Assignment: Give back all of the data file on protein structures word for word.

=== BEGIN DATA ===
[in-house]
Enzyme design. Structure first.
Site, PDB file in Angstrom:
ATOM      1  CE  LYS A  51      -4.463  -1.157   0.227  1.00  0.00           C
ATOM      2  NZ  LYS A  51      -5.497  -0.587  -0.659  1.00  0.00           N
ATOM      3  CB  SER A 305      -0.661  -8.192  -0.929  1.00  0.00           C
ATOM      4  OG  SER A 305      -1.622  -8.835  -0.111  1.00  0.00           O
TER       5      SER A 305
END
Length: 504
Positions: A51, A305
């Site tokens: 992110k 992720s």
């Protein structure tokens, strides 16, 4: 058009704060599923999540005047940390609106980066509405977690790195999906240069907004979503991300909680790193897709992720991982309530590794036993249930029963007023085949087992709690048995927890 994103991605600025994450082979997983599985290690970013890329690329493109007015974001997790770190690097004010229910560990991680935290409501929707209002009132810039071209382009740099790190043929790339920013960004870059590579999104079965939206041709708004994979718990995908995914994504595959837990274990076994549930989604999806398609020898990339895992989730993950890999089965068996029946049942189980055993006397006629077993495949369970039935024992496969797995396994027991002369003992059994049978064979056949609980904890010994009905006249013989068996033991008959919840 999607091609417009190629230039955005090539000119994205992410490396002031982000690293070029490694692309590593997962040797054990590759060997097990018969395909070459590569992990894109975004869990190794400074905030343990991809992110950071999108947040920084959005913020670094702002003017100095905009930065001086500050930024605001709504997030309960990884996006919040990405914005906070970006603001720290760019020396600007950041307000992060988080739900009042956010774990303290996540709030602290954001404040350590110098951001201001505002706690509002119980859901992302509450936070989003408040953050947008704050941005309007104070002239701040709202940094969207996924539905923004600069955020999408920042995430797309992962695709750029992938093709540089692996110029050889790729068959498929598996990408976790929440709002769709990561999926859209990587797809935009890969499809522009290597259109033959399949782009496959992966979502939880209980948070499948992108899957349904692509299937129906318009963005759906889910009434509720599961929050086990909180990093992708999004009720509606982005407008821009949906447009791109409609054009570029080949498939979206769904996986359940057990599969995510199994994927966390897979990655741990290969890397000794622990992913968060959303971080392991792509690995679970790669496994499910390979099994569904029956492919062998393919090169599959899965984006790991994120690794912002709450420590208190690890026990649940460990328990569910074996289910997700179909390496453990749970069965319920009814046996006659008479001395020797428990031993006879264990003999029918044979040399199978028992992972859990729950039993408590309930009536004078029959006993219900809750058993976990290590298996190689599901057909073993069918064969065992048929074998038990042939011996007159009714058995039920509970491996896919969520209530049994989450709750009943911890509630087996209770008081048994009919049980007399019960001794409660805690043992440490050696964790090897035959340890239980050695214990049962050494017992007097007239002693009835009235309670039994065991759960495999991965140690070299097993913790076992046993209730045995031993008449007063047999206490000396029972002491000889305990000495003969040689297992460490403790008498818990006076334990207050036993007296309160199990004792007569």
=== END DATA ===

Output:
[in-house]
Enzyme design. Structure first.
Site, PDB file in Angstrom:
ATOM      1  CE  LYS A  51      -4.463  -1.157   0.227  1.00  0.00           C
ATOM      2  NZ  LYS A  51      -5.497  -0.587  -0.659  1.00  0.00           N
ATOM      3  CB  SER A 305      -0.661  -8.192  -0.929  1.00  0.00           C
ATOM      4  OG  SER A 305      -1.622  -8.835  -0.111  1.00  0.00           O
TER       5      SER A 305
END
Length: 504
Positions: A51, A305
């Site tokens: 992110k 992720s």
């Protein structure tokens, strides 16, 4: 058009704060599923999540005047940390609106980066509405977690790195999906240069907004979503991300909680790193897709992720991982309530590794036993249930029963007023085949087992709690048995927890 994103991605600025994450082979997983599985290690970013890329690329493109007015974001997790770190690097004010229910560990991680935290409501929707209002009132810039071209382009740099790190043929790339920013960004870059590579999104079965939206041709708004994979718990995908995914994504595959837990274990076994549930989604999806398609020898990339895992989730993950890999089965068996029946049942189980055993006397006629077993495949369970039935024992496969797995396994027991002369003992059994049978064979056949609980904890010994009905006249013989068996033991008959919840 999607091609417009190629230039955005090539000119994205992410490396002031982000690293070029490694692309590593997962040797054990590759060997097990018969395909070459590569992990894109975004869990190794400074905030343990991809992110950071999108947040920084959005913020670094702002003017100095905009930065001086500050930024605001709504997030309960990884996006919040990405914005906070970006603001720290760019020396600007950041307000992060988080739900009042956010774990303290996540709030602290954001404040350590110098951001201001505002706690509002119980859901992302509450936070989003408040953050947008704050941005309007104070002239701040709202940094969207996924539905923004600069955020999408920042995430797309992962695709750029992938093709540089692996110029050889790729068959498929598996990408976790929440709002769709990561999926859209990587797809935009890969499809522009290597259109033959399949782009496959992966979502939880209980948070499948992108899957349904692509299937129906318009963005759906889910009434509720599961929050086990909180990093992708999004009720509606982005407008821009949906447009791109409609054009570029080949498939979206769904996986359940057990599969995510199994994927966390897979990655741990290969890397000794622990992913968060959303971080392991792509690995679970790669496994499910390979099994569904029956492919062998393919090169599959899965984006790991994120690794912002709450420590208190690890026990649940460990328990569910074996289910997700179909390496453990749970069965319920009814046996006659008479001395020797428990031993006879264990003999029918044979040399199978028992992972859990729950039993408590309930009536004078029959006993219900809750058993976990290590298996190689599901057909073993069918064969065992048929074998038990042939011996007159009714058995039920509970491996896919969520209530049994989450709750009943911890509630087996209770008081048994009919049980007399019960001794409660805690043992440490050696964790090897035959340890239980050695214990049962050494017992007097007239002693009835009235309670039994065991759960495999991965140690070299097993913790076992046993209730045995031993008449007063047999206490000396029972002491000889305990000495003969040689297992460490403790008498818990006076334990207050036993007296309160199990004792007569």